A MAN has been found not guilty of controlling or coercive behaviour against his former partner.

Dane Bush, 36, of Pantyffynnon Road in Ammanford, had been charged with engaging in controlling or coercive behaviour in a relationship, after it was alleged that he caused the complainant to fear on multiple occasions that he would be violent towards her between March 1 and August 22 last year.

Bush denied the offence.

After two days of evidence, the jury deliberated for just under an hour and a half before returning a not guilty verdict.

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During the course of the trial, the court heard that Bush and the complainant had been in a relationship for around two-and-a-half years at the time of his arrest.

Prosecutor James Hartson argued that the defendant’s behaviour towards the complainant changed after she had left home in Gloucester to move in with him, that he coerced her in to taking out a loan for £2,000, took control over their finances, would snatch her phone from her, and would criticise her appearance and call her a “psychopath”, “mental”, and “crazy”.

Bush denied this. He said the complainant took the out the loan of her own free will in order to have enough money between them to secure a deposit on the house they bought together, and that he would sort out the majority of the couple’s finances due to the complainant’s learning difficulties.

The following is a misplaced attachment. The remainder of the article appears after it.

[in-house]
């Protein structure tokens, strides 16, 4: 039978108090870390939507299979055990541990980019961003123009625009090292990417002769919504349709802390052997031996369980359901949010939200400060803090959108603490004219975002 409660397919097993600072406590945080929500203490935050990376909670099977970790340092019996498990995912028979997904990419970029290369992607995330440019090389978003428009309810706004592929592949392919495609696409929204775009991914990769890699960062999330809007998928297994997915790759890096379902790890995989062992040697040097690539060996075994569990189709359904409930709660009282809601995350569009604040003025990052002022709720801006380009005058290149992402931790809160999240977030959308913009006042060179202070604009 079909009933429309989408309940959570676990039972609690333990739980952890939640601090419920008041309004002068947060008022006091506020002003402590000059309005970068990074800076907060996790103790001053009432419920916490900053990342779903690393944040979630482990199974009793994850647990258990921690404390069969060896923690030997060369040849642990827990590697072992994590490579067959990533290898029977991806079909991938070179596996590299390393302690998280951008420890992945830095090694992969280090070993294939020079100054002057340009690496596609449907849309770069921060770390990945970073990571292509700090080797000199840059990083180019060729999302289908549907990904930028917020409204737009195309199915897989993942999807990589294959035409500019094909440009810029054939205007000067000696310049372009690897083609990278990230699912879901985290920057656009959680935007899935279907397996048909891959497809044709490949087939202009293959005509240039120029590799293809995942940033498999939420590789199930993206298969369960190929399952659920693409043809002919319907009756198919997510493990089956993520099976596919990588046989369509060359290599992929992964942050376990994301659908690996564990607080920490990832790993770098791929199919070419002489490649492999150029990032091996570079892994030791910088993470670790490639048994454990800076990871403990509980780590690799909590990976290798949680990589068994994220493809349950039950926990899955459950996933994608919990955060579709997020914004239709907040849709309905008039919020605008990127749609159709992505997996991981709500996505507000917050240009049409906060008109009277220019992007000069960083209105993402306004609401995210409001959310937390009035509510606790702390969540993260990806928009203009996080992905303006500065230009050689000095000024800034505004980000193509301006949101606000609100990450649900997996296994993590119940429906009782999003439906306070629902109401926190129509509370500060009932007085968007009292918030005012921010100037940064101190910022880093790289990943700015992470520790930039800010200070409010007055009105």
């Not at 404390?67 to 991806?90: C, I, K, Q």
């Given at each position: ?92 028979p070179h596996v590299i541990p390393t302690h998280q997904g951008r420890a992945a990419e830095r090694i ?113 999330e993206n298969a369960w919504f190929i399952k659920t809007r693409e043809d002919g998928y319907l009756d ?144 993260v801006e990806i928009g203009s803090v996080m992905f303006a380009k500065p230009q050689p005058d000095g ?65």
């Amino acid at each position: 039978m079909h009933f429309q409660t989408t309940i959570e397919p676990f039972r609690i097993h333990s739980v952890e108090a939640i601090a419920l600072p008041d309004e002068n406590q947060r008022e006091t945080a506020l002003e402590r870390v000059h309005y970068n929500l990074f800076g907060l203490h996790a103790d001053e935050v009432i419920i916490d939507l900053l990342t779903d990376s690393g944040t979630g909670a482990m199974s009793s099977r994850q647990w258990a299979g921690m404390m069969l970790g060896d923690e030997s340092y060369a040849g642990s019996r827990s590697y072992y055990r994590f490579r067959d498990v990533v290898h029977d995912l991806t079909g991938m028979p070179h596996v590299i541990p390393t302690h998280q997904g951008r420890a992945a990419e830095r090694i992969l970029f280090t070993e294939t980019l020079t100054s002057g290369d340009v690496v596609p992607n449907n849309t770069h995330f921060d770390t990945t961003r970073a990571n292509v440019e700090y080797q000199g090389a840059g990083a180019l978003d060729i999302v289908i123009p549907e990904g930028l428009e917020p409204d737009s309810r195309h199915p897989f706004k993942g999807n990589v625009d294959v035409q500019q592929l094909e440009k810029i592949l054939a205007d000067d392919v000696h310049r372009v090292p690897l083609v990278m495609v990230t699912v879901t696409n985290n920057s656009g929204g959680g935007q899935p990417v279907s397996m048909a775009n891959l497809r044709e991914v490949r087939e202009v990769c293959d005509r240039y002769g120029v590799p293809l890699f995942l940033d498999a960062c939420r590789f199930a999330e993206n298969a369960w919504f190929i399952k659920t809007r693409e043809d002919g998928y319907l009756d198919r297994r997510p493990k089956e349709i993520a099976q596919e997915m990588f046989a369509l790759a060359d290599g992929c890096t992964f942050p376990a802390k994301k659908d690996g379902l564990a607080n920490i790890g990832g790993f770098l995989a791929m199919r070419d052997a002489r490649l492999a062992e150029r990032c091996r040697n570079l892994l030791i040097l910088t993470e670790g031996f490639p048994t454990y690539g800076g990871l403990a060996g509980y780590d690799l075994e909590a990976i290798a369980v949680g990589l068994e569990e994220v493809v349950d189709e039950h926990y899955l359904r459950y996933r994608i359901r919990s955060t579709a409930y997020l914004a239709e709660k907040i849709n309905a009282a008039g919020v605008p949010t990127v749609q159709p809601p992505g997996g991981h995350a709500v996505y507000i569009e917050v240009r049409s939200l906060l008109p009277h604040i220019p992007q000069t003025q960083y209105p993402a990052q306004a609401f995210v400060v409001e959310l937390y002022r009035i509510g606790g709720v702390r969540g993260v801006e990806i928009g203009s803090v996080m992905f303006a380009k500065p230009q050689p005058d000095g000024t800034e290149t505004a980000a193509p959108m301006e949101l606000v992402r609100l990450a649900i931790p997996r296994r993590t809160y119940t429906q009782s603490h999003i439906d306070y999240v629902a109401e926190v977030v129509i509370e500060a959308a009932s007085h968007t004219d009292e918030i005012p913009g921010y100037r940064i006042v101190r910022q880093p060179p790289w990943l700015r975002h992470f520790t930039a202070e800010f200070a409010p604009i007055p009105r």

He told the jury that he didn’t “routinely criticise” the complainant’s looks, but had instead “said words like ‘She’s naturally pretty, she doesn’t need make-up”.

The jury heard that on August 5, Bush walked in to the complainant’s bedroom carrying a large kitchen knife.

The prosecution alleged he was “looking for evidence of that other man”, but Bush told the jury that he was looking for an intruder after the complainant had heard a noise outside and he had brought the knife as a “deterrent”.

“Whilst holding that knife do you use that knife to threaten [the complainant]?,” defence counsel Matthew Murphy asked.

“No, never,” Bush replied.

The defendant told the court that on three previous occasions, people had tried to break in to the house and he had twice needed to replace the outside door handles.

Bush was accused of threatening to kill the complainant and her family on August 6 if she showed a recording she made of him with the knife the previous day to anyone or reported it to the police.

He accepted there was an argument, but added: “I’ve never threatened [the complainant] on that day or any day or her family.”

On August 18, during another argument, Bush was alleged to have pushed the complainant. He told the jury he pushed her away in self-defence after she had hit him.

He was arrested after the complainant reported him to the police four days later.

Judge Huw Rees thanked the jury for the attention they gave the case.

The prosecution had offered no evidence on a charge of battery relating to an incident covered by the coercive control offence, and a not guilty verdict was entered.